Depression is one of the most widespread disorders that affects society, according to the World Health Organization. In fact, it is estimated that 4 million people are affected in Spain.
There are different pharmacological treatments for depression, mainly therapies that act on the serotonin system -the so-called SSRIs (selective serotonin reuptake inhibitors). However, it has been evidenced that these antidepressants take around two weeks to have an effect and, what’s more, around 30 per cent of patients are resistant to this drug.
Researchers of the Department of Human Physiology of the UMA Faculty of Medicine have taken a step closer to a new therapeutic target to face this mental disorder.
Particularly, the group of “Neurochemistry of the Transmission in the Central Nervous System”, co-directed by Professor Zaida Díaz-Cabiale, has evidenced that a fragment of the “Galanin” neuropeptide -an endogenous molecule of the brain- is involved in anhedonia, which is the loss of the capacity to feel pleasure in daily activities, for instance, meals, social activity or sex, and, thus, one of the main symptoms in depressed patients.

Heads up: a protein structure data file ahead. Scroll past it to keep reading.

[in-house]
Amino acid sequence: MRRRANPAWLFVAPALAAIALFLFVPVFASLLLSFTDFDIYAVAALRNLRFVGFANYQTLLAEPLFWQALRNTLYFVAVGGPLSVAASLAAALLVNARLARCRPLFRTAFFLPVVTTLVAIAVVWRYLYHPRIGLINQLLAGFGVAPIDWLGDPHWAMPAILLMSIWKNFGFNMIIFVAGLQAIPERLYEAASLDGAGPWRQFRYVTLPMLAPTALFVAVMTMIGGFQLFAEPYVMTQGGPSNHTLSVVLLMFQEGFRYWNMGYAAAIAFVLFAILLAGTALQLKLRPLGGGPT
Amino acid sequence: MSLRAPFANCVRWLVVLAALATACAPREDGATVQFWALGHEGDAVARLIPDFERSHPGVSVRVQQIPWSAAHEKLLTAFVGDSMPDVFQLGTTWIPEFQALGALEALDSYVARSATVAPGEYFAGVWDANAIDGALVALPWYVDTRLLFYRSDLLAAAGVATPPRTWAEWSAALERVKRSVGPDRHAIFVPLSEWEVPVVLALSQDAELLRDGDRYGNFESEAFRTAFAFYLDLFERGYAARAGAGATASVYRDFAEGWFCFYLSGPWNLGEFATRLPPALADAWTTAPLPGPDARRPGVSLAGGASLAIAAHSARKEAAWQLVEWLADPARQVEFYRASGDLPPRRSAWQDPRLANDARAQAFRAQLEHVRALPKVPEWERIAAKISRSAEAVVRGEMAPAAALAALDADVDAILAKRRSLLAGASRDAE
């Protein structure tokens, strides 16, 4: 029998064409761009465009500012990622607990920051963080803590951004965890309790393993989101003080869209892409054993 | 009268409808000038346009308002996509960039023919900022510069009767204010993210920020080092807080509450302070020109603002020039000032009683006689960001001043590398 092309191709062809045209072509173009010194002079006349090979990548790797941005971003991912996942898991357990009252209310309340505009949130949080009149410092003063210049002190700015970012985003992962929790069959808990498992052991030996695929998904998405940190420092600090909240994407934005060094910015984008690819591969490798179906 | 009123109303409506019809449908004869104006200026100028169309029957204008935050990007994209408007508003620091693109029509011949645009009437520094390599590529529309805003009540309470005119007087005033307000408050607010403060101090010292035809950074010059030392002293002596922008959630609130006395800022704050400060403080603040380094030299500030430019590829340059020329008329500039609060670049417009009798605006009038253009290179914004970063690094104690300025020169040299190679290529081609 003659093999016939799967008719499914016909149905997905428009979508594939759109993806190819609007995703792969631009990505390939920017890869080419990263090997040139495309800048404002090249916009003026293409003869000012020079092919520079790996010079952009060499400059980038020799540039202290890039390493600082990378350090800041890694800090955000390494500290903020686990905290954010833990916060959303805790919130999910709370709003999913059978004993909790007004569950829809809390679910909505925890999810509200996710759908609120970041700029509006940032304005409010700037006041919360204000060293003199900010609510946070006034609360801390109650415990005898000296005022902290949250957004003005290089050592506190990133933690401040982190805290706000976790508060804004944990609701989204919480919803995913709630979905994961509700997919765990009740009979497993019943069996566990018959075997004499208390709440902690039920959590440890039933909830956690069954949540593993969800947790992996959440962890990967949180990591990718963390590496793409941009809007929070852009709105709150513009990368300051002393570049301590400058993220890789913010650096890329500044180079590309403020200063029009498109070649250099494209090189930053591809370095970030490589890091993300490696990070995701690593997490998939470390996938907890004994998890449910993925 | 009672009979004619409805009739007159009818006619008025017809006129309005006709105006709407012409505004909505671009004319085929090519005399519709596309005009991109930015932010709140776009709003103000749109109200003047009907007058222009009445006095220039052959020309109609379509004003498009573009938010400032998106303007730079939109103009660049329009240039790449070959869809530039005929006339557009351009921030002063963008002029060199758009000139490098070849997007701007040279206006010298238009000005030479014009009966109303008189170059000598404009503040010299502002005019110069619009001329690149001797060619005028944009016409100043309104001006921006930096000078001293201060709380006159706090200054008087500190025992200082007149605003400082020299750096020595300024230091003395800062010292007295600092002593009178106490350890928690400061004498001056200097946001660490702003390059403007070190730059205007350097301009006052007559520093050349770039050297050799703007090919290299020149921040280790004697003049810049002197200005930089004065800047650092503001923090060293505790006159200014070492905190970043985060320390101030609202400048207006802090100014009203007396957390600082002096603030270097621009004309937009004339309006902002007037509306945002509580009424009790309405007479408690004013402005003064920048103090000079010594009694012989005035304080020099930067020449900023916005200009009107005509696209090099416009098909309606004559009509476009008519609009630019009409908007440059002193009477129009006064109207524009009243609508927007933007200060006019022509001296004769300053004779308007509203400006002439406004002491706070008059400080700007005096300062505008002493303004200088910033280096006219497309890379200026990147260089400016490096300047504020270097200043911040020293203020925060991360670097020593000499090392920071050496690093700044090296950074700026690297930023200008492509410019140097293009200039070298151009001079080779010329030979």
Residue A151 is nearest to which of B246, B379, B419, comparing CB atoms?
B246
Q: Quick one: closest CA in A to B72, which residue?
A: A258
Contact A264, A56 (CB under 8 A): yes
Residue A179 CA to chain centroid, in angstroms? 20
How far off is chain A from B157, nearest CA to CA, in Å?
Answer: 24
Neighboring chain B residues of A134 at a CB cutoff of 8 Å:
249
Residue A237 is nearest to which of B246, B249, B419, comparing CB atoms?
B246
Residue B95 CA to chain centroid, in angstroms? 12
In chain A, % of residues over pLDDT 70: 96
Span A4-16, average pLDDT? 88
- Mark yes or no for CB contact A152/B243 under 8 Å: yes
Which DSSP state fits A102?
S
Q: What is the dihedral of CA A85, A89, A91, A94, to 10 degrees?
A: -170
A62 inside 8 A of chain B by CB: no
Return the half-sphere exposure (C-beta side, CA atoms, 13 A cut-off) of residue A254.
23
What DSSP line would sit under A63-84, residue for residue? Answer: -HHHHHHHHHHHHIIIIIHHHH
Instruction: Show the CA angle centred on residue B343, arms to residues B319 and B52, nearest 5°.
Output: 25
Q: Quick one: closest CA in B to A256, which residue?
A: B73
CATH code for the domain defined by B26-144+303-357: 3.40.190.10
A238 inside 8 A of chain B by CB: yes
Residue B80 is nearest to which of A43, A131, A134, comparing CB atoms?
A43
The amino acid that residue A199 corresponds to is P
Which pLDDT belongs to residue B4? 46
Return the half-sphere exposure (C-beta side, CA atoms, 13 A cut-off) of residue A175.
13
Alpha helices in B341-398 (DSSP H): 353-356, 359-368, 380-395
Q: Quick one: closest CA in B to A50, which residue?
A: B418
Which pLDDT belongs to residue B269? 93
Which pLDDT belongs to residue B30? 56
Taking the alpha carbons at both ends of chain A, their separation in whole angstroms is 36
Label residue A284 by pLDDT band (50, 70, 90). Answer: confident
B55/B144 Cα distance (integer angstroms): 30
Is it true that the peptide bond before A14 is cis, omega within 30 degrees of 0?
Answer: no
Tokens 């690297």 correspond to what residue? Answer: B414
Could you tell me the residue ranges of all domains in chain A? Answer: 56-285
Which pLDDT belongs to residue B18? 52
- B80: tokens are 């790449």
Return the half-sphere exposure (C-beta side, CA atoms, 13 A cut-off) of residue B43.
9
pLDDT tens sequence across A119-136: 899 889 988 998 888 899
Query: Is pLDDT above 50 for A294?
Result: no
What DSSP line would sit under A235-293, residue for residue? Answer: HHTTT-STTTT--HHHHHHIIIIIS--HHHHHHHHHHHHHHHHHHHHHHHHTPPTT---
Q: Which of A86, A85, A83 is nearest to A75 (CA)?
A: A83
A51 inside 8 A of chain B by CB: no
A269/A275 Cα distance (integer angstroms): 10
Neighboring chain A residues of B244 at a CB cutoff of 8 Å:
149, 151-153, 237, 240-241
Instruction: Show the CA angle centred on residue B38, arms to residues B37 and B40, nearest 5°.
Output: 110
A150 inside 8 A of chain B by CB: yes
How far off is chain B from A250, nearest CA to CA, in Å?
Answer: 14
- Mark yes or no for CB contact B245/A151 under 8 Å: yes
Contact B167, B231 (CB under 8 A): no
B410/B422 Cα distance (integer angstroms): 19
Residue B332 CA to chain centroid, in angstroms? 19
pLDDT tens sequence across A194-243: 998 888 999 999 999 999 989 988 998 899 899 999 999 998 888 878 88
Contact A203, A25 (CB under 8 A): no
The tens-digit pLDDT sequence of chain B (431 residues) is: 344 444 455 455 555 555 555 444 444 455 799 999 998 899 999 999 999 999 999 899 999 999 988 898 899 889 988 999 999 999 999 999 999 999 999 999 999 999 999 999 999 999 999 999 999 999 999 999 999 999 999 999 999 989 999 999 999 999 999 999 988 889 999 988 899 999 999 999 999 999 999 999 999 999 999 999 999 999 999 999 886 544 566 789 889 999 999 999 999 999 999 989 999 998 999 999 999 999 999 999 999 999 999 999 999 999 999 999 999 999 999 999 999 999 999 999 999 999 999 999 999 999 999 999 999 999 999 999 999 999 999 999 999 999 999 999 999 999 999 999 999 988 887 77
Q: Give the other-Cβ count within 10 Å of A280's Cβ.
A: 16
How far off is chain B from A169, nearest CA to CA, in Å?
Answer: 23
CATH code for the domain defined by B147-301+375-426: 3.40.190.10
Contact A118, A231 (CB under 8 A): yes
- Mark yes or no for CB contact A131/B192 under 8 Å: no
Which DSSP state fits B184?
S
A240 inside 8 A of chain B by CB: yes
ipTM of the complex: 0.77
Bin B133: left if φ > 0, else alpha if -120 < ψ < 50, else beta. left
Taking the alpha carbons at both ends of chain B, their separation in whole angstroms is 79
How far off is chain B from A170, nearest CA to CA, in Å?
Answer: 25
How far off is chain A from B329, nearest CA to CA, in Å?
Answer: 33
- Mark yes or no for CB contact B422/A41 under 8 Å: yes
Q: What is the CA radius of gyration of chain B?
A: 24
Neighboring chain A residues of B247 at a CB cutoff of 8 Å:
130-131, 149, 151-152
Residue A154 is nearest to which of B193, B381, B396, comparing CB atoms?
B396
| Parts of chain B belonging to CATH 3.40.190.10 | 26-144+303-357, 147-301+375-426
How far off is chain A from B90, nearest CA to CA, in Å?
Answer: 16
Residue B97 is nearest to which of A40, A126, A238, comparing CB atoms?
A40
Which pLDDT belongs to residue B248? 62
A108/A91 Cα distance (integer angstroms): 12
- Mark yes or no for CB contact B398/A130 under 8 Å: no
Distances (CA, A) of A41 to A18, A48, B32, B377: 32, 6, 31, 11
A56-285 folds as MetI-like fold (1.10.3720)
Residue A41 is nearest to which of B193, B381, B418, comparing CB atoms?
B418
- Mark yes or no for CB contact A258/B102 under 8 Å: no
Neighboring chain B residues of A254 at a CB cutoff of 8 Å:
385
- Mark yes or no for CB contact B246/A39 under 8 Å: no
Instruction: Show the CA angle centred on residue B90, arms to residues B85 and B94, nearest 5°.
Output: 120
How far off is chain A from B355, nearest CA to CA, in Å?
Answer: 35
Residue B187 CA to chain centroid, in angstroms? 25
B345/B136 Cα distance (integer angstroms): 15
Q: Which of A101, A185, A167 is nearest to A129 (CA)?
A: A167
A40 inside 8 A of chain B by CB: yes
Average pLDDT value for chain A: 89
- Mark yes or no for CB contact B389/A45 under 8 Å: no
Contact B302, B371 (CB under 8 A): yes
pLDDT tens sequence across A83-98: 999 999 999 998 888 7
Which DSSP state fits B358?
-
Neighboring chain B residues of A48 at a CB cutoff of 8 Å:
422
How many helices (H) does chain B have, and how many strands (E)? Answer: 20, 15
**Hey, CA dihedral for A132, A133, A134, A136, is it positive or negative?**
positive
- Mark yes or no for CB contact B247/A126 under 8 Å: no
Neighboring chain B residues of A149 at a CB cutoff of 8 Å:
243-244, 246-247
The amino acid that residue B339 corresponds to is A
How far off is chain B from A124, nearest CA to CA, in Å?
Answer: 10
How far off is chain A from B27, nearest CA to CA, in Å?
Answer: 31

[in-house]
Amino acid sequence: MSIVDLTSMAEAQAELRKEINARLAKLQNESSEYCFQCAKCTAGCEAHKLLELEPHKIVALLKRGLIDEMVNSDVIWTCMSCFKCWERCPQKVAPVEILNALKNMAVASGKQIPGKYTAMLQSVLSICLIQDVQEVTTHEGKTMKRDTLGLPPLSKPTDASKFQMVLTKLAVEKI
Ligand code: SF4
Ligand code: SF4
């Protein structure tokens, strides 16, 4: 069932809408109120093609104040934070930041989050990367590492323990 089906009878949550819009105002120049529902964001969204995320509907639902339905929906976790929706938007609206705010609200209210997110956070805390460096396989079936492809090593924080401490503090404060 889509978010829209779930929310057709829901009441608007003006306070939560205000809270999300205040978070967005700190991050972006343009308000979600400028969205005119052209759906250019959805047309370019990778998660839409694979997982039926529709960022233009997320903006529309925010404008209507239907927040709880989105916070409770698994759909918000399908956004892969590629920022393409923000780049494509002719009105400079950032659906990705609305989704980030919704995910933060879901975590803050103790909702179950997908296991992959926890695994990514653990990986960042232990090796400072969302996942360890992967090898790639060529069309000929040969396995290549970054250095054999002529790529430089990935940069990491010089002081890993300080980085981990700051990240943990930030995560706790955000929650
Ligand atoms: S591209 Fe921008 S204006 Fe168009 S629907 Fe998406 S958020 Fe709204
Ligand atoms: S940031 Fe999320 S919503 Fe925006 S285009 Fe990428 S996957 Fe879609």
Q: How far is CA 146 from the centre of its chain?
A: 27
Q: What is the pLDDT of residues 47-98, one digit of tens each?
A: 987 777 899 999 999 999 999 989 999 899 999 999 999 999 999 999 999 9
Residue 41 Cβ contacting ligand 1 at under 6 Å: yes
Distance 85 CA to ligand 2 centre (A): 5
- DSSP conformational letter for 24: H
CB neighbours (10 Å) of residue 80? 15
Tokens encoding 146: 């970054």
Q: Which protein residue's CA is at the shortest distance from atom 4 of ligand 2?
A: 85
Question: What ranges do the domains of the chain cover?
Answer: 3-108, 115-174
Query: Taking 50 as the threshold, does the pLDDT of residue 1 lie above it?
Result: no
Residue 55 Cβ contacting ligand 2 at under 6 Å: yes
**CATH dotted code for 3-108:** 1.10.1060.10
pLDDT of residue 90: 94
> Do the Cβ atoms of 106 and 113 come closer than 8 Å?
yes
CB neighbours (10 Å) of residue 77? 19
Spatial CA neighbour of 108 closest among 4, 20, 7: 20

These researchers have demonstrated for the first time the role of “GAL (1-15)” in the brain reward system of an animal model.
“We have verified through different experiments how animals modify their response to high-reinforcement appetitive stimuli, such as saccharine or sexual attraction, after the administration of the Galanin fragment”, explains researcher Carmelo Millón, one of the authors of this study, published in Journal of Psychopharmacology.
Furthermore, in this article, in which a researcher of Karolinska Institute (Sweden) has participated, they have analyzed the brain reinforcement system at a molecular level, the circuit in charge of reinforcing positive behavior for individuals and species, and reaffirmed that the Galanin fragment acts directly on this neurological mechanism, reducing the circuit activity.
According to Millón, describing this fragment is essential to modulate the brain reward circuit, having interesting applications that go beyond treatments for depression, such as its possible use in drug-related addictions. “The understanding of these mechanisms opens the way for endless therapeutic strategies, hence its importance”, he says.